Although the occasional memory lapse can frustrate and even worry the older adult, such events are not typically cause for concern. Even if an individual forgets the name of an acquaintance or the purpose of an errand, he or she is likely to retain the ability to function as normal and to make rational decisions. For some elders, however, memory loss becomes intrusive enough that daily functioning and quality of life suffers.

Older individuals with serious memory loss may forget how to perform simple, daily self-care tasks, such as bathing or dressing. They may become lost in places they know well, lose the ability to follow directions, or repeat a question having just heard the answer. Planning and problem-solving skills may suffer, even in familiar situations, and orientation to time and place may decrease. Individuals with such issues may wish to consult a qualified physician, who can assess the likelihood of Alzheimer’s and similar conditions.

An Introduction to Hospice

Hospice pic
Image: http://hospicenet.org/

As second-generation head of Salerno Medical Associates in New Jersey, Dr. Alexander Salerno offers integrated care to a diverse patient population. Dr. Alexander Salerno also stands out as founder of the Community Healthcare Outreach Program, formerly known as the Senior Health Outreach Program, and is dedicated to improving access to services within under-resourced communities.

Unlike traditional medical care, which offers treatment in the hopes of extending life expectancy or facilitating a cure, hospice care focuses solely on quality of life and comfort. It is intended for patients whose medical condition is considered terminal, and as such it offers pain and symptom management as well as occupational, physical, and other supplemental therapies. Hospice addresses the needs of the entire family, not only the patient, and as such also provides caregiver support and grief counseling.

Hospice can be considered an option when the patient’s life expectancy is six months or fewer. However, if the patient does exceed this prognosis, care continues as long as it is relevant and therapeutic. The patient may receive care at his or her home or at a medical, nursing care, or specialized hospice facility, depending on availability and individual patient needs. Patients with terminal illnesses and their families can discuss the details of hospice with a doctor or other professional.

An Introduction to the Shingles Vaccine

Shingles Vaccine pic
Shingles Vaccine
Image: webmd.com

Dr. Alexander Salerno, head physician at Salerno Medical Associates, works to improve overall health outcomes in underserved populations in East Orange, New Jersey. To that end, Dr. Alexander Salerno leads the Community Healthcare Outreach Program (CHOP), which brings integrated care to elderly patients and those with mental health challenges.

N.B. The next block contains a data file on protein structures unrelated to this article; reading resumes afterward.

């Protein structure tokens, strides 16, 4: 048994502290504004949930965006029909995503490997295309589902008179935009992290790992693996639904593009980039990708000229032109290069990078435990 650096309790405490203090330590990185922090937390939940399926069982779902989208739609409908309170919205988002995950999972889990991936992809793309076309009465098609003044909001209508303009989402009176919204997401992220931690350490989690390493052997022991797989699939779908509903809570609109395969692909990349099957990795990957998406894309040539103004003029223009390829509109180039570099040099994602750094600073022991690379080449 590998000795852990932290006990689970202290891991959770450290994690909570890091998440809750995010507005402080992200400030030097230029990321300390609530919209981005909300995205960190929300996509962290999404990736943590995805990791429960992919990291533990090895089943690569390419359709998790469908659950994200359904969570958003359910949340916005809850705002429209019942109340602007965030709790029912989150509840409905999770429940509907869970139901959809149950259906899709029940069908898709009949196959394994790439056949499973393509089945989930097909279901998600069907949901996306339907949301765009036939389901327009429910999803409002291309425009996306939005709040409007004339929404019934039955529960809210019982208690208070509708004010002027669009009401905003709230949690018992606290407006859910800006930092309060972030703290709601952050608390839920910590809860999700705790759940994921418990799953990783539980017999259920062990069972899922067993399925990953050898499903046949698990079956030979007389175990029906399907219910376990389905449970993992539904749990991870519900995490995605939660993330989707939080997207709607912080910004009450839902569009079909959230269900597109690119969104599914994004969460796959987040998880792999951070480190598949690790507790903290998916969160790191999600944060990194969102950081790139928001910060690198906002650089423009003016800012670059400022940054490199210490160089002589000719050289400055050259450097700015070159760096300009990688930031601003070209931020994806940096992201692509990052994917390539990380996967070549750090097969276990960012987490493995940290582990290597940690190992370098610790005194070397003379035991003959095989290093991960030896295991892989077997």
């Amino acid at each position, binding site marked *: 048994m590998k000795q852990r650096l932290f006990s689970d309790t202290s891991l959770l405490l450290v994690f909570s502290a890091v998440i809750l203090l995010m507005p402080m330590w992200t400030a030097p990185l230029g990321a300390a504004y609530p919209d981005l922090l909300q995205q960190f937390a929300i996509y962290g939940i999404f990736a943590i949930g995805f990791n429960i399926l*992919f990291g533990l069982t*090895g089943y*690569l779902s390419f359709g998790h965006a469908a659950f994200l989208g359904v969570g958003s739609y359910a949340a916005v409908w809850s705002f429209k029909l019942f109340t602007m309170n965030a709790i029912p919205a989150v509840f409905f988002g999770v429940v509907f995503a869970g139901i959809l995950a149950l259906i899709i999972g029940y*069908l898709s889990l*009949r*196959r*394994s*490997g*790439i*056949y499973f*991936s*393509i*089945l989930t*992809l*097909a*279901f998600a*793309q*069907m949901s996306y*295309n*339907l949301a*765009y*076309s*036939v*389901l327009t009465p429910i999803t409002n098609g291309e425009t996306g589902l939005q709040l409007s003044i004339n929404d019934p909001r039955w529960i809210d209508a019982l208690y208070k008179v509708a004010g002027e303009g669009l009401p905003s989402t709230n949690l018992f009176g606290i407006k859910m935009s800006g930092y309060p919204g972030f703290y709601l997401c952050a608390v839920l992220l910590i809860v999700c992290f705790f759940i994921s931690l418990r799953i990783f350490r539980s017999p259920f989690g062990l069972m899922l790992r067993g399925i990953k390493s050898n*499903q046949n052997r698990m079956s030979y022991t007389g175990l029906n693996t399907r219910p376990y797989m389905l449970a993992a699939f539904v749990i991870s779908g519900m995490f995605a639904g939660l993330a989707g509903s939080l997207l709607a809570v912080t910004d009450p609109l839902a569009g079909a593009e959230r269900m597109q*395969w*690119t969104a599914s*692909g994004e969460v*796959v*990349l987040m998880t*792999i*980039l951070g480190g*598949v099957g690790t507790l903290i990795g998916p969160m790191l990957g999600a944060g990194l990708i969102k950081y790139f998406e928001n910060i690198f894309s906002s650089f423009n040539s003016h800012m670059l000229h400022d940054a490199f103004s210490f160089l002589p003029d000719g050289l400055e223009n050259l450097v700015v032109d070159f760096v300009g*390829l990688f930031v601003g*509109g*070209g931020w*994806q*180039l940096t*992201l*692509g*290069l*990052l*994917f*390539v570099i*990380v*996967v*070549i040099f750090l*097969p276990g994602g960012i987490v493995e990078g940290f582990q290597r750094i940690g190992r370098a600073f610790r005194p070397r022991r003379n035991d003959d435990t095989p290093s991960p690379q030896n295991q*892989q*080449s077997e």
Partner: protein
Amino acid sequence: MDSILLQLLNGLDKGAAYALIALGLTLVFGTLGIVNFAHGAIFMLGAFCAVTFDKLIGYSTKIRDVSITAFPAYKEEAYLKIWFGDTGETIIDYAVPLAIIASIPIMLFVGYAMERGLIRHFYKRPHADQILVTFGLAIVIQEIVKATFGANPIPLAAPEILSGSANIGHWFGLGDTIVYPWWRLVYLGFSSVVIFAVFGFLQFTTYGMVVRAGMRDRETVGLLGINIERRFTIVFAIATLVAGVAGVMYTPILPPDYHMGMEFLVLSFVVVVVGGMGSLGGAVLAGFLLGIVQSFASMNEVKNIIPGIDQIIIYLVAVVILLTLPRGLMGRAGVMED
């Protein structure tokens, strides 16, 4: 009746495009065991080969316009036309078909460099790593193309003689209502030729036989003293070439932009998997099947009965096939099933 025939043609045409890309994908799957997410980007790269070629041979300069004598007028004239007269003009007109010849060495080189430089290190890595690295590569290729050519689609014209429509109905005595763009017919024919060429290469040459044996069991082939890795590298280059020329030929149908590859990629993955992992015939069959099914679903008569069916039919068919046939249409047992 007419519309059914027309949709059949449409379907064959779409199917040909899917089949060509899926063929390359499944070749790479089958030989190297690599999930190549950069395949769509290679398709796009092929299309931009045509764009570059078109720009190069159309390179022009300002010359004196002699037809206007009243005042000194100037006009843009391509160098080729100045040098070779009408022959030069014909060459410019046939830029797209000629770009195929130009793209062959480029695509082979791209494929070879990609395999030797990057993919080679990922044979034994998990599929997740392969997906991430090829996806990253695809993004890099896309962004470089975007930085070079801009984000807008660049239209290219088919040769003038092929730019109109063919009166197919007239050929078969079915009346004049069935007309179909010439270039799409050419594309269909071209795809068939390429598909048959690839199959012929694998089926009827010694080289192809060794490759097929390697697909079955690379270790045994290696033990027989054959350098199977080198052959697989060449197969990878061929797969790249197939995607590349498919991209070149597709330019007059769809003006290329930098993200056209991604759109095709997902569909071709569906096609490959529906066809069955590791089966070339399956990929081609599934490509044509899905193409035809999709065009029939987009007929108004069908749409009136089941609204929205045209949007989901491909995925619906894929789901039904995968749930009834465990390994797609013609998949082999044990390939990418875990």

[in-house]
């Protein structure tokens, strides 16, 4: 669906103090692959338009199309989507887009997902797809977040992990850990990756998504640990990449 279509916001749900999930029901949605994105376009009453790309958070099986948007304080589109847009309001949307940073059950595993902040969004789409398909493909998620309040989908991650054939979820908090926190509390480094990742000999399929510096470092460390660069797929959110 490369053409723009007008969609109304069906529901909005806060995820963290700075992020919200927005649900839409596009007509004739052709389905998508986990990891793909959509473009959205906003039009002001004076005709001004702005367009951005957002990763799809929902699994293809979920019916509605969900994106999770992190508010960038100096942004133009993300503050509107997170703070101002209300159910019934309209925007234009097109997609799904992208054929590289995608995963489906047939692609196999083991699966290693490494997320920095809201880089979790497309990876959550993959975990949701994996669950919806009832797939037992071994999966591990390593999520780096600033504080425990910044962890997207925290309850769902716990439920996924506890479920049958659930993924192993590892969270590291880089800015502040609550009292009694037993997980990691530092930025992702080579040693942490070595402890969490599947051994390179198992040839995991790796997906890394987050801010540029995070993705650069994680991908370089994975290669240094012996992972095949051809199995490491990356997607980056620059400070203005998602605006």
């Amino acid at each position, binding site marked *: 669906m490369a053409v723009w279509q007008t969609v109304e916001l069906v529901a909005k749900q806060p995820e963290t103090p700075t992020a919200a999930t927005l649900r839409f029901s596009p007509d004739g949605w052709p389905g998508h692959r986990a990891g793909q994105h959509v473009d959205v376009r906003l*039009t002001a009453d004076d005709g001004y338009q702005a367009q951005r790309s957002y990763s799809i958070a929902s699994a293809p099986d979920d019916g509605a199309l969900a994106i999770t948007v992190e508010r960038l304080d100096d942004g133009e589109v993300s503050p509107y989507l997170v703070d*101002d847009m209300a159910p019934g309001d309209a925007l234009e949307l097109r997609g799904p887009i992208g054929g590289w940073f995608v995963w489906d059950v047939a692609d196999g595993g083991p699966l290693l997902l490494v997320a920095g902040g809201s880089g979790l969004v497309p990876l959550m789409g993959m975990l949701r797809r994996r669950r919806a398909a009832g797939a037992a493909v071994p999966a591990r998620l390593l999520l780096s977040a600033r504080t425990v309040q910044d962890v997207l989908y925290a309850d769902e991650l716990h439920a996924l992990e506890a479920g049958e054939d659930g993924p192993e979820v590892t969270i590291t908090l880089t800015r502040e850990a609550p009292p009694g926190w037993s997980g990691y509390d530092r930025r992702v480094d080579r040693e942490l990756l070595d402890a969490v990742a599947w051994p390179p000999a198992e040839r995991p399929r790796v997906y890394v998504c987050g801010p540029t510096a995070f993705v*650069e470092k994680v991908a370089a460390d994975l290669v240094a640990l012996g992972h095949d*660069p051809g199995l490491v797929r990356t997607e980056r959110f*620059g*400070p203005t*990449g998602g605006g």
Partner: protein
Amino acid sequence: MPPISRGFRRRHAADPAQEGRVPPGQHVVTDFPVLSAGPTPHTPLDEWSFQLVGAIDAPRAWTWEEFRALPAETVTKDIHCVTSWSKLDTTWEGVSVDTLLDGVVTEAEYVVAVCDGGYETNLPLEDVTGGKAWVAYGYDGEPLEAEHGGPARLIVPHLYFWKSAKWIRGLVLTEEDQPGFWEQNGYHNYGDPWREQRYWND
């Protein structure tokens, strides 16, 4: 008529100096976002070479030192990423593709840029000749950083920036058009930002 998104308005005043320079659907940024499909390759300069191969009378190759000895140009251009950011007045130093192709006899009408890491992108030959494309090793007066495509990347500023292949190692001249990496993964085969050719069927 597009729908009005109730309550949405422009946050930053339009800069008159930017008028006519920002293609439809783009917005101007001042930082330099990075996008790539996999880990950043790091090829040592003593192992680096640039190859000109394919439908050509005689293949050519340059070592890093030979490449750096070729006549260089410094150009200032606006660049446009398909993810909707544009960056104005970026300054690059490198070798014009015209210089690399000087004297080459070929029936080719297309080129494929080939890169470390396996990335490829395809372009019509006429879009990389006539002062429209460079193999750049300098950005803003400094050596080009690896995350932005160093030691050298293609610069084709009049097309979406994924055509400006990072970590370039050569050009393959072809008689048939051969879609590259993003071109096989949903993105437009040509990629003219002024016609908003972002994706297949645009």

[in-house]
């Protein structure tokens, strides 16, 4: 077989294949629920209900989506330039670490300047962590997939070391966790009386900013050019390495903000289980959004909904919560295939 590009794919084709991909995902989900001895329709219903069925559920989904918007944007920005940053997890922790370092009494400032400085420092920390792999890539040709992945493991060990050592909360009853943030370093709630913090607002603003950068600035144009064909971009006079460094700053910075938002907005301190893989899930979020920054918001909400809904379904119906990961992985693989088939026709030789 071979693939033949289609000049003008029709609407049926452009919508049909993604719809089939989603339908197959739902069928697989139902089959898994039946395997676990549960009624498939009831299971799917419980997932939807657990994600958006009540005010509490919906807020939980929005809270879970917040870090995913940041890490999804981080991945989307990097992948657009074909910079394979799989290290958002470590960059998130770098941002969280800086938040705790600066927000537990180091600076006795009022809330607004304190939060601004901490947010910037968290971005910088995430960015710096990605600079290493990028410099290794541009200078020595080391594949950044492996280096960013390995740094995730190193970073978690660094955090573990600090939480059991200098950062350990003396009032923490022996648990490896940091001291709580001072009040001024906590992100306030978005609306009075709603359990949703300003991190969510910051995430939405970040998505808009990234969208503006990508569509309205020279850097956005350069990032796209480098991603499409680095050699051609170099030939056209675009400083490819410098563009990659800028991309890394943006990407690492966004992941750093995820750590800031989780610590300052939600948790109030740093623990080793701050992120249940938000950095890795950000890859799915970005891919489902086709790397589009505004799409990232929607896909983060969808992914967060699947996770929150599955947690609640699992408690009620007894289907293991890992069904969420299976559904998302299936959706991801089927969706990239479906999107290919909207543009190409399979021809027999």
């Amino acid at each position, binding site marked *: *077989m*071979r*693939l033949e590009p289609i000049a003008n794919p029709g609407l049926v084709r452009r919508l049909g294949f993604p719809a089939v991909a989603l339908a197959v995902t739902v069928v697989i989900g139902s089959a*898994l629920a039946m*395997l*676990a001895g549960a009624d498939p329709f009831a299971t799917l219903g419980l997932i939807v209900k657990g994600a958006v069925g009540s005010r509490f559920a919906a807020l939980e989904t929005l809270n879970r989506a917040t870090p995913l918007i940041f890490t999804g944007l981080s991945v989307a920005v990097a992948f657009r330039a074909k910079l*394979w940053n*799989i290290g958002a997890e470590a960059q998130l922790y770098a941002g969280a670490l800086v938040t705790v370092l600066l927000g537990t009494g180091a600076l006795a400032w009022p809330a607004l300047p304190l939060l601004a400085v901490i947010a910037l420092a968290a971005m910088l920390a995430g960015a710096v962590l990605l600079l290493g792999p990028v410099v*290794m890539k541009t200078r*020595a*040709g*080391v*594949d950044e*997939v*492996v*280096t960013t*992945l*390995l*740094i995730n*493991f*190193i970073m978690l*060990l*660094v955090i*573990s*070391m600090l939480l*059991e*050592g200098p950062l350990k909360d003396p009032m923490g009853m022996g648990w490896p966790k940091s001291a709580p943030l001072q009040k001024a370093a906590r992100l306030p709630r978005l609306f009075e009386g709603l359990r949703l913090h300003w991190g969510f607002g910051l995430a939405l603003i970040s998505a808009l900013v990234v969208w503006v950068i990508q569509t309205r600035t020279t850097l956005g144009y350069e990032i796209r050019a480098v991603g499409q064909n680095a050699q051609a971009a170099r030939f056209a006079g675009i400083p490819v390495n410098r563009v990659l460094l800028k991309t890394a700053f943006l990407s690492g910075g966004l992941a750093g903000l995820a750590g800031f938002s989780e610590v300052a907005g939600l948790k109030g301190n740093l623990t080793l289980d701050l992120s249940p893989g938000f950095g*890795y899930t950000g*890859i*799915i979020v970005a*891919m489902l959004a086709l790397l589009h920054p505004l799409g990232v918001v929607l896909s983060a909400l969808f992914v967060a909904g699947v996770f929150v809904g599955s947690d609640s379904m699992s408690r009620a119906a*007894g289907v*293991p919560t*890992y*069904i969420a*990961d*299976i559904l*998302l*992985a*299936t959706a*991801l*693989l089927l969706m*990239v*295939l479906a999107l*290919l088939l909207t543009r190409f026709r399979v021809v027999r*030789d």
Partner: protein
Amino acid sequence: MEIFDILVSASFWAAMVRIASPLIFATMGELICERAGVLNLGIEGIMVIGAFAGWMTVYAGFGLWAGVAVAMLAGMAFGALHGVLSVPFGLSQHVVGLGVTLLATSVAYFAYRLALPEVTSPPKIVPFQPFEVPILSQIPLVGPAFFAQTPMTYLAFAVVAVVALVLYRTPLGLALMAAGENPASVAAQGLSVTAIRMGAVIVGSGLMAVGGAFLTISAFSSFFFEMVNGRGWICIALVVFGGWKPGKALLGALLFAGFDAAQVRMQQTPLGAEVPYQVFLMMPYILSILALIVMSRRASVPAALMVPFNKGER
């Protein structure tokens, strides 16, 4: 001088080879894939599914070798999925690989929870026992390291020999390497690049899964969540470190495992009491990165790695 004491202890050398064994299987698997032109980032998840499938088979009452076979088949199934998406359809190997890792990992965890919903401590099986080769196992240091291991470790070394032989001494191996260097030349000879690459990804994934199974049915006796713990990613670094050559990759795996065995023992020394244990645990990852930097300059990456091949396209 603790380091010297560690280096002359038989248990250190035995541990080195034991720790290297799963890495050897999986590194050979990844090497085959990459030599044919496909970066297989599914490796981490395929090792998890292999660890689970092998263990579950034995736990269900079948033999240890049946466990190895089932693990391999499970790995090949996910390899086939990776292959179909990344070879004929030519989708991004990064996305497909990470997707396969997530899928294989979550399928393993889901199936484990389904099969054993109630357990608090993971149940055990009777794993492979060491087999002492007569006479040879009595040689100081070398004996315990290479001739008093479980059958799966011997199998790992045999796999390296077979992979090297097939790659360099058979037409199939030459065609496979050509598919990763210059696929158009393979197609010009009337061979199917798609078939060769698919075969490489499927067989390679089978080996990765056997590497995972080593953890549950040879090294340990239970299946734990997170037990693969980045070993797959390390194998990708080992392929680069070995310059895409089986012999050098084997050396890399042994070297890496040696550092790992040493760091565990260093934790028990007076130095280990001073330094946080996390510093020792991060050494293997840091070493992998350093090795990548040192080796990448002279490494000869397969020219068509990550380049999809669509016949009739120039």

Caused by a virus known as varicella zoster, shingles causes a painful blistering rash that typically presents on one side of the patient’s body. The rash lingers for up to three weeks, though some patients experience lingering severe pain for months or years after the disease clears. This condition is known as postherpetic neuralgia (PHN) and can be so severe as to cause anxiety, depression, and other disruptions to daily life.

Fortunately, the shingles vaccine has proven effective at reducing the risk of varicella zoster infection by up to 70 percent. Effectiveness is highest for patients in their 50s, although those in their 60s may still enjoy a prevention rate of as much as 55 percent. The vaccine’s effectiveness against PHN is similar at approximately 59 to 67 percent.

The vaccine consists of weakened varicella zoster virus, which prompts the production of antibodies when introduced into the patient’s system. Approved for use in the United States since 2006, it has earned the recommendation of the Centers for Disease Control for all individuals over age 60.

Seasonal Affective Disorder – An Introduction

Seasonal Affective Disorder pic
Seasonal Affective Disorder
Image: examiner.com

Dr. Alexander Salerno, the second-generation lead physician at Salerno Medical Associates in New Jersey, upholds a personal and professional dedication to caring for underserved members of the community. Dr. Alexander Salerno strives to ensure that all patients have access to primary care for medical and mental health issues, including seasonal affective disorder.

As its name suggests, seasonal affective disorder causes mood disturbances that correlate with the cycle of the yearly seasons. Most people with the condition experience symptoms during the fall and winter months, when periods of daylight are shorter, though some clients report that they experience depressive symptoms in the summer months instead. Regardless of time of onset, patients typically present with the expected signs of clinical depression, such as feelings of hopelessness and a lack of interest in their usual activities.

Because diagnosis of seasonal affective disorder is based solely on patient self-reports, physicians must be careful to rule out similar-seeming illnesses such as chronic fatigue syndrome and underactive thyroid before confirming a diagnosis. Patients who do receive a diagnosis of seasonal affective disorder often find relief with light therapy, in which they sit near a lightbox that emits a particular fluorescent light that mimics natural sunlight. Medication may also be helpful to certain patients in managing depressive symptoms, while psychotherapy can provide additional resources for redirecting negative thoughts and developing adaptive coping skills.